Apostrophes remain the most abused punctuation out there. I see them misused on billboards and shop window signs, in manuscripts I critique and blogs I stalk. After critiquing three manuscripts with apostrophe issues, I thought I should revisit the issue.
My number one take away message:
If you don't know how to form the plural of a word, LOOK IT UP.
Don't use an apostrophe unless the dictionary or a style guide says to do so. Got it?
Thank you. I feel much better now. Now, onto when and how you should use apostrophes.
Apostrophes and possessives
To indicate ownership, add an apostrophe and s to singular nouns (no matter what the ending consonant) and plurals that don't end in s. Some examples are below.
With plural nouns ending in s, indicate ownership by adding an apostrophe alone. Be sure that the plural is correctly formed first. (When in doubt, look it up.) Errors creep in with names especially. Names ending in y simply take an s. Names ending with ch, s, sh, x or z take an es when made plural. Some examples are below.
Girls' first win
Note: If you struggle with apostrophes, avoid giving characters first names ending in s (like Alexis or Joss) or last names ending in s, sh, ch, x or z (like Robbins, Koch, Leax, Sanchez). You'll eliminate many headaches and confusion for yourself.
Beware the masqueraders!
PROnouns, those handy stand-in words that keep us from sounding incredibly redundant, do not use apostrophes in their possessive forms. Some examples are below.
She had her cat spayed. That tabby is hers.
They drove me in their car. Yes, the Audi is theirs.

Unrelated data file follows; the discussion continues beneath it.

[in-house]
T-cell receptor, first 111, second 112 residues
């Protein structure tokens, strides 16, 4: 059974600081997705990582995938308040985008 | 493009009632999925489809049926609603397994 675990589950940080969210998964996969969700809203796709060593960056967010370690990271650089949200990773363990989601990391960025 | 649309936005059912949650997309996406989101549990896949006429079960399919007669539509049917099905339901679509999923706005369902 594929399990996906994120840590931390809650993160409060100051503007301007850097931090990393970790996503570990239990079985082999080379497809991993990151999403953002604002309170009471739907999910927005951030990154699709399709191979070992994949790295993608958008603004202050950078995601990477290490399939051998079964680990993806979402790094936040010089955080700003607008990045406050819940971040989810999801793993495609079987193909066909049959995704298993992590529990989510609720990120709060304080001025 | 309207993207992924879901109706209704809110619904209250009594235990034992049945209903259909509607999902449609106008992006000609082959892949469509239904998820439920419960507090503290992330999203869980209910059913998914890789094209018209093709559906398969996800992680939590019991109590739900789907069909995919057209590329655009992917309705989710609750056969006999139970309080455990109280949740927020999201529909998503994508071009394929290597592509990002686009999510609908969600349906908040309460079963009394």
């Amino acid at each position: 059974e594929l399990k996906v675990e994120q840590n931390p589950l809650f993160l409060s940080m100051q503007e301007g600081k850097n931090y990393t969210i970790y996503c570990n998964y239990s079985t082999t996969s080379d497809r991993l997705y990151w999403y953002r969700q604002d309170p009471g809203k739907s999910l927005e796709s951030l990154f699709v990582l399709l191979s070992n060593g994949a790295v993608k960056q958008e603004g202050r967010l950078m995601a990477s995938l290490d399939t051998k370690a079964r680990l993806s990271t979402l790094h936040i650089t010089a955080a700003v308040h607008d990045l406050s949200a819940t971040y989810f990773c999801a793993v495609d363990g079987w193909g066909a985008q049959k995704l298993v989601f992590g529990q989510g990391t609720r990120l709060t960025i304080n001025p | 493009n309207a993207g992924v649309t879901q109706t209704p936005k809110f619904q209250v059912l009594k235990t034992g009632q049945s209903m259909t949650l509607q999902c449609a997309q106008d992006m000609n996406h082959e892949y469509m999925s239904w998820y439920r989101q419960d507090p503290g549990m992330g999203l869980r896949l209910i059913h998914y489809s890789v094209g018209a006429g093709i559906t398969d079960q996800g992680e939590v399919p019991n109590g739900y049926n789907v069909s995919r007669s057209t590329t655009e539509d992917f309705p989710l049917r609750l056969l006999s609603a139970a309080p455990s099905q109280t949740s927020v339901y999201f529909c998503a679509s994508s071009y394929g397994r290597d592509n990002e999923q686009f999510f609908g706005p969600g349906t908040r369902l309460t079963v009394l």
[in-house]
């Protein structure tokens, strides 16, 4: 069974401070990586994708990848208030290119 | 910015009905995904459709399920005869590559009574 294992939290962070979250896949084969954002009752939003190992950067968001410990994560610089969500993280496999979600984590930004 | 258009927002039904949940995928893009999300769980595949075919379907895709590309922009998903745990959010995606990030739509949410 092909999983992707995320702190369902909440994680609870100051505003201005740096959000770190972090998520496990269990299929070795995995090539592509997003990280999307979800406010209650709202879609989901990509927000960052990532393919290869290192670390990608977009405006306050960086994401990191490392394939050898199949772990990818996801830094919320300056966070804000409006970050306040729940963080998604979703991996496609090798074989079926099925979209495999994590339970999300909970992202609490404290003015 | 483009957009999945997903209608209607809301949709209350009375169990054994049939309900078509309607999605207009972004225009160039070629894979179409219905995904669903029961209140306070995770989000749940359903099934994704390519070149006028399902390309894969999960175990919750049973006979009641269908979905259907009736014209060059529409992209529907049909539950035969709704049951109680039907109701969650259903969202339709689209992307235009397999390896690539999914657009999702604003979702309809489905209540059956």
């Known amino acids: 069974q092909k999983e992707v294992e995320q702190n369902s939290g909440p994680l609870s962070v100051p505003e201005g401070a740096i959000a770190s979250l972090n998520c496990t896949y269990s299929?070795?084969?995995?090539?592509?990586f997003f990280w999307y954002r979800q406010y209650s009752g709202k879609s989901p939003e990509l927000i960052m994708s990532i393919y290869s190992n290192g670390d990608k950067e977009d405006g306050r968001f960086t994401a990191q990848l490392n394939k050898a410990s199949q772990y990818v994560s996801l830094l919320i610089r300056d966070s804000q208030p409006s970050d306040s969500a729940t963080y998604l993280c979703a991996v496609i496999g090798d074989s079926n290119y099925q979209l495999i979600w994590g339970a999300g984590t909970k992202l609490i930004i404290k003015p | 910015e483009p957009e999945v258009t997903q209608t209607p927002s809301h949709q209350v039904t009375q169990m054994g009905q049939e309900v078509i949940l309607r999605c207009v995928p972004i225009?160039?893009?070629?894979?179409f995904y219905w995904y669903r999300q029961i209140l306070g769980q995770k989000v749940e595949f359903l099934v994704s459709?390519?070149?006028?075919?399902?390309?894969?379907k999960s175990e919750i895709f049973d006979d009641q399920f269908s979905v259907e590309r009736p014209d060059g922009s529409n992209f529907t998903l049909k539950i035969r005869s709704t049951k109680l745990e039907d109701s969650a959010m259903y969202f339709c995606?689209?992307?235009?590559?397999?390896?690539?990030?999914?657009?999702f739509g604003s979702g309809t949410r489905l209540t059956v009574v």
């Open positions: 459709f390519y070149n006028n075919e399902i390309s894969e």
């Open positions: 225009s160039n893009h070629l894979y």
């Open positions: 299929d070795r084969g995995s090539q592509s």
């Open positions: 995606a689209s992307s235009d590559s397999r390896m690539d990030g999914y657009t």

You want me to come to your house? Which one is yours?
Who left this here? Whose magazine is this?
Pronouns take apostrophes only when forming contractions (more on this below). NO EXCEPTIONS. If you see who's, it means "who is" or "who has" or "who was." It's means "it is" or "it has" or "it was."
Bridging the gaps
Omitted letters and contractions
Apostrophes play another important role: as a placeholder. They stand in for omitted letters in a single word or combined words (a.k.a. contractions). Some examples are below.
Ma'am = madam
'cause = because
don't = do not
could've = could have
who's = who is / who was / who has
they're = they are / they were
a soon-to-be extinct exception
It was once the rule that numbers, letters, abbreviations and acronyms always took an apostrophe and s in their plural forms. For example: In the 1940's, C.P.A.'s minded their P's and Q's. This "rule" is currently in flux and appears to be headed for extinction.
Most of the newest style manuals have eliminated this practice. MLA 7th edition section 3.2.7g says "Do not use an apostrophe to form the plural of an abbreviation or a number." The Associated Press applies the oddball apostrophe plural rule only to single letters (for example, M's), while numbers and abbreviations/acronyms go without the curl.
The trend seems to be apostrophe minimalism. So go ahead and write it like this: "In the 1940s, CPAs minded their Ps and Qs." The Modern Language Association will back you all the way.
Which of these areas trip you up most?
*this is a revised post from 2009.